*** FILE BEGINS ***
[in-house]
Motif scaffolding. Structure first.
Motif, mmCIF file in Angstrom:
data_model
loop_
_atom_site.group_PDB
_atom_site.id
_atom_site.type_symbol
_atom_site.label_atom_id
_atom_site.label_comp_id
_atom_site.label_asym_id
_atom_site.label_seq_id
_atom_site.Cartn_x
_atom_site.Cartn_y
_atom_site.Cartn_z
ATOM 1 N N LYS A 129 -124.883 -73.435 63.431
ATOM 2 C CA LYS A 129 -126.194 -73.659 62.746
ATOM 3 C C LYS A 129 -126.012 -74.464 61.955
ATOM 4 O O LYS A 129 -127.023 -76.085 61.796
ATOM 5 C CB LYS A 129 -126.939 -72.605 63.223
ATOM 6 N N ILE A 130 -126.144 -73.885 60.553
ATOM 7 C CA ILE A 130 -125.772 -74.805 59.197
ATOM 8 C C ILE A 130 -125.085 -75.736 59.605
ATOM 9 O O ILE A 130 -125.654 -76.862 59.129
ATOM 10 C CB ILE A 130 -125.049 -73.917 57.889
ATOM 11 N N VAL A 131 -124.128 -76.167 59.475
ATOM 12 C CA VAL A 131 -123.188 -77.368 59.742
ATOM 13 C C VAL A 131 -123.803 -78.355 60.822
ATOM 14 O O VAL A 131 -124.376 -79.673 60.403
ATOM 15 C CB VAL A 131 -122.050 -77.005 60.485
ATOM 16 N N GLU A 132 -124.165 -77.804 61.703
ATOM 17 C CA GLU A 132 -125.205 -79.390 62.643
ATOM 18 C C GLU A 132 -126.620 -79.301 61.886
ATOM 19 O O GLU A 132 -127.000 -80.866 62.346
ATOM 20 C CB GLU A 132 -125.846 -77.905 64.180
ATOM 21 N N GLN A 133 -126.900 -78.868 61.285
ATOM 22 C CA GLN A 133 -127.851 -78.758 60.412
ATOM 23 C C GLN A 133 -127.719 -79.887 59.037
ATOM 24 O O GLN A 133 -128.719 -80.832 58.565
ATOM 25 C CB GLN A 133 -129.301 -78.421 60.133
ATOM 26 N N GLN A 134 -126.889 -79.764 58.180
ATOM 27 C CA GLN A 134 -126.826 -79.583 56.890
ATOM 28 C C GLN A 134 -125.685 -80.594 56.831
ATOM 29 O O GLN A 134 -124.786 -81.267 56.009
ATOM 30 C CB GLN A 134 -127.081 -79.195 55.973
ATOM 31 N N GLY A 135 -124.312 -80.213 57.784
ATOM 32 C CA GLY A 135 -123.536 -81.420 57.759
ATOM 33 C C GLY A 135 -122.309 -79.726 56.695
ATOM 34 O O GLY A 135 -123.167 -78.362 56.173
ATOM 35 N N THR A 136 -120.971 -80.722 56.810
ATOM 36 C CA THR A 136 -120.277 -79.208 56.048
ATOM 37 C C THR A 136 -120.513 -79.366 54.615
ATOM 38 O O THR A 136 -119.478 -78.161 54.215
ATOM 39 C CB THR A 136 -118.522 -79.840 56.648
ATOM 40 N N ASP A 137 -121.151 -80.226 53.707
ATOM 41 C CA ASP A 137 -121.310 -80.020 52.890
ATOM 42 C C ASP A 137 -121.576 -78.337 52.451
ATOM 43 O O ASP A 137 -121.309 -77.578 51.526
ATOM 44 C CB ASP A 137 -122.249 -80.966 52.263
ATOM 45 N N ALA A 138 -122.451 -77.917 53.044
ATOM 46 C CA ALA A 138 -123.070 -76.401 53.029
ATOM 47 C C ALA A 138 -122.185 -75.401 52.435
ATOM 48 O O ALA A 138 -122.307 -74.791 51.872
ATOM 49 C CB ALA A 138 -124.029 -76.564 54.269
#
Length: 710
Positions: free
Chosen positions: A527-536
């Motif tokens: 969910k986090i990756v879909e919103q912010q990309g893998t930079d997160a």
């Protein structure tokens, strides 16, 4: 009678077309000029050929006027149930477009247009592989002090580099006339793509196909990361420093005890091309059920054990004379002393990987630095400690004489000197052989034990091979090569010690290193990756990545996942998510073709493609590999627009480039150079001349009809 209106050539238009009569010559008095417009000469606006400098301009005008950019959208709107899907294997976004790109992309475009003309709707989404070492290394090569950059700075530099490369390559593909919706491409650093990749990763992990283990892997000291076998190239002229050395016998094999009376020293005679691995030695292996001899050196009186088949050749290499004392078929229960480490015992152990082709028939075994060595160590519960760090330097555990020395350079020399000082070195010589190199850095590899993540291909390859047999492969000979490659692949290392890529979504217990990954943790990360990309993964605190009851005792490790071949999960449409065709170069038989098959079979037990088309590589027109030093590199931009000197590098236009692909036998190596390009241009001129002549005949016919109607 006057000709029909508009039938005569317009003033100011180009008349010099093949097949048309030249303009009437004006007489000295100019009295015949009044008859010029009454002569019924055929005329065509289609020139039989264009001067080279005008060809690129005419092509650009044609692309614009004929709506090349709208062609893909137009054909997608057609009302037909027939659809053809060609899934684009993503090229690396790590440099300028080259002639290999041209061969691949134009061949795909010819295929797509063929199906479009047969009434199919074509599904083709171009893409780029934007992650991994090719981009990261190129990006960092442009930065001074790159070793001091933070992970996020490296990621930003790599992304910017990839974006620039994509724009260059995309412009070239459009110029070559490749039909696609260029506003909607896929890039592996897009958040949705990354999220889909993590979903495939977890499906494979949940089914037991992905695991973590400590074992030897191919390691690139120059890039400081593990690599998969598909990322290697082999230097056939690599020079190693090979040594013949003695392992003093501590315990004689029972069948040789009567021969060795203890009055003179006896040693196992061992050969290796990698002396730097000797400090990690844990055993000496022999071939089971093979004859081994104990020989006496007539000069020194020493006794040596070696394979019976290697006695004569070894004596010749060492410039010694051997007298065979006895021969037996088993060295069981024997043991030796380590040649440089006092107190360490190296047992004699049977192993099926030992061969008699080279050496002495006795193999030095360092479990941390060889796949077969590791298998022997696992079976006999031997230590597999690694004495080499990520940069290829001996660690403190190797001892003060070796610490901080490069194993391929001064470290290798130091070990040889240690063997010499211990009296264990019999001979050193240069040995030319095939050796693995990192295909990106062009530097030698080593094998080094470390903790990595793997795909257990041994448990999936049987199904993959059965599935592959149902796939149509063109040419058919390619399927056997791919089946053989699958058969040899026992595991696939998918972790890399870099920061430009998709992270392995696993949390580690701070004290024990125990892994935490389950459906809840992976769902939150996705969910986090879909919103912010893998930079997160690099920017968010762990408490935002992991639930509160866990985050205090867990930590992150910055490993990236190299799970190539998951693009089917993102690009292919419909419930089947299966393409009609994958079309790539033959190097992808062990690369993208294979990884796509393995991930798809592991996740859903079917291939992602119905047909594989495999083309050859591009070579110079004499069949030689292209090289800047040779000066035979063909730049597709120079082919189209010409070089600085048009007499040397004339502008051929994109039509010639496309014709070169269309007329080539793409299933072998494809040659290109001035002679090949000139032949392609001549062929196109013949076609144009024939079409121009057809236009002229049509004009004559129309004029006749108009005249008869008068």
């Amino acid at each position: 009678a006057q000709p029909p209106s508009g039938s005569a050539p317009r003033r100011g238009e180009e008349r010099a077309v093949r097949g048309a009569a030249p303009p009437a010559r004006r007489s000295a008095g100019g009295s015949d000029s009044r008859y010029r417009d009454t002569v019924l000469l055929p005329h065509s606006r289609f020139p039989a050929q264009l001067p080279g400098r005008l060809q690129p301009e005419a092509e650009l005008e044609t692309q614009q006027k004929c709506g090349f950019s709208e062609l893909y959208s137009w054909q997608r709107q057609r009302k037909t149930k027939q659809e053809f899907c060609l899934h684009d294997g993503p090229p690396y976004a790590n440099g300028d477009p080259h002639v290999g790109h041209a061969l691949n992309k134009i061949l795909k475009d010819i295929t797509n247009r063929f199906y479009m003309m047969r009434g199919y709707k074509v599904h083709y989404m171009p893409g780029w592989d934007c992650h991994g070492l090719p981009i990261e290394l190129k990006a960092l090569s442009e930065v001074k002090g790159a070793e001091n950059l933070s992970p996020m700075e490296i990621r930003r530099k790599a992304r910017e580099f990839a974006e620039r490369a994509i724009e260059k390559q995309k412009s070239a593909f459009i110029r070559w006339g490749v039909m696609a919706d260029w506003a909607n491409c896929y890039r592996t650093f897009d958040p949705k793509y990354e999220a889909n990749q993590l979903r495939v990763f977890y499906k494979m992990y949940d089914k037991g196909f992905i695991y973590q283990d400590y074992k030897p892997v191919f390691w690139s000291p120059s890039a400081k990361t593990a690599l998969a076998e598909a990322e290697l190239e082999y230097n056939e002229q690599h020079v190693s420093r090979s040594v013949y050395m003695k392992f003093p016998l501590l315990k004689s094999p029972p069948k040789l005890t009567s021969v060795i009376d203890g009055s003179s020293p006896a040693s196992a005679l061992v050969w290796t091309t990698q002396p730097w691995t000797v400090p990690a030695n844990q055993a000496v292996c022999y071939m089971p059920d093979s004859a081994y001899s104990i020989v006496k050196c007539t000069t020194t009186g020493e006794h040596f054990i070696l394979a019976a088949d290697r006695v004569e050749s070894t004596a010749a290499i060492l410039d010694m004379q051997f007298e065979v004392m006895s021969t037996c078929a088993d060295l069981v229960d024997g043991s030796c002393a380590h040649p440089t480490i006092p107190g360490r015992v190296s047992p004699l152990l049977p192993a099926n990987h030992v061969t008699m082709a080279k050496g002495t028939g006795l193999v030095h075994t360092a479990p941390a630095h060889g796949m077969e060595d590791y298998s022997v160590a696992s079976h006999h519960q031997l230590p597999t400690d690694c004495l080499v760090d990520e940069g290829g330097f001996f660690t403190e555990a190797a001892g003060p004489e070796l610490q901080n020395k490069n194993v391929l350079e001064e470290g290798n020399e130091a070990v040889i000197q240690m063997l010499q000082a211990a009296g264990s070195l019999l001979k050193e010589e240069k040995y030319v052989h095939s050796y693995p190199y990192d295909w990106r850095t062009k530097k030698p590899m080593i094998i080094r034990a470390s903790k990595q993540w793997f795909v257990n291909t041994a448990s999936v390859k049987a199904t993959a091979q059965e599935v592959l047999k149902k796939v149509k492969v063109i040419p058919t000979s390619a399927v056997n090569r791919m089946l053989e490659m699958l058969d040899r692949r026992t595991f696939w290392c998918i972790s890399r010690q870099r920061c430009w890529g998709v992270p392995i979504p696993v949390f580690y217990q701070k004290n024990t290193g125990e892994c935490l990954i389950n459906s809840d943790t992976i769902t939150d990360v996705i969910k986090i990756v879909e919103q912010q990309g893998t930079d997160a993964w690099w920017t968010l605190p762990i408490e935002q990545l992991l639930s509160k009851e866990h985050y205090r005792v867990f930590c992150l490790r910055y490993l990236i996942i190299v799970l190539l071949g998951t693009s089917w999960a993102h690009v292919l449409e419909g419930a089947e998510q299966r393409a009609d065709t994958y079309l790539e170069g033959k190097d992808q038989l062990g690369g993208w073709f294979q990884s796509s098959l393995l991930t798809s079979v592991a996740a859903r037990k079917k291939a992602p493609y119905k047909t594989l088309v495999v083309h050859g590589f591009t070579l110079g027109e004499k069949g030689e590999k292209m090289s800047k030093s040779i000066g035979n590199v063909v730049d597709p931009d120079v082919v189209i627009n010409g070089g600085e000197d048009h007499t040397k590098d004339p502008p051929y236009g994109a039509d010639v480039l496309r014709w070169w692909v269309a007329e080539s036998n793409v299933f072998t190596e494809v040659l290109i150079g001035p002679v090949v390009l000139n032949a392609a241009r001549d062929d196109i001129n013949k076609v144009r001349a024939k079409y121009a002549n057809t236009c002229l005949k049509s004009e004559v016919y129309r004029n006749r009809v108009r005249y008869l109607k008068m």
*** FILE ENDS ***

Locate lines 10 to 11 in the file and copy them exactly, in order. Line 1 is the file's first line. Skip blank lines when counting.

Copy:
_atom_site.label_comp_id
_atom_site.label_asym_id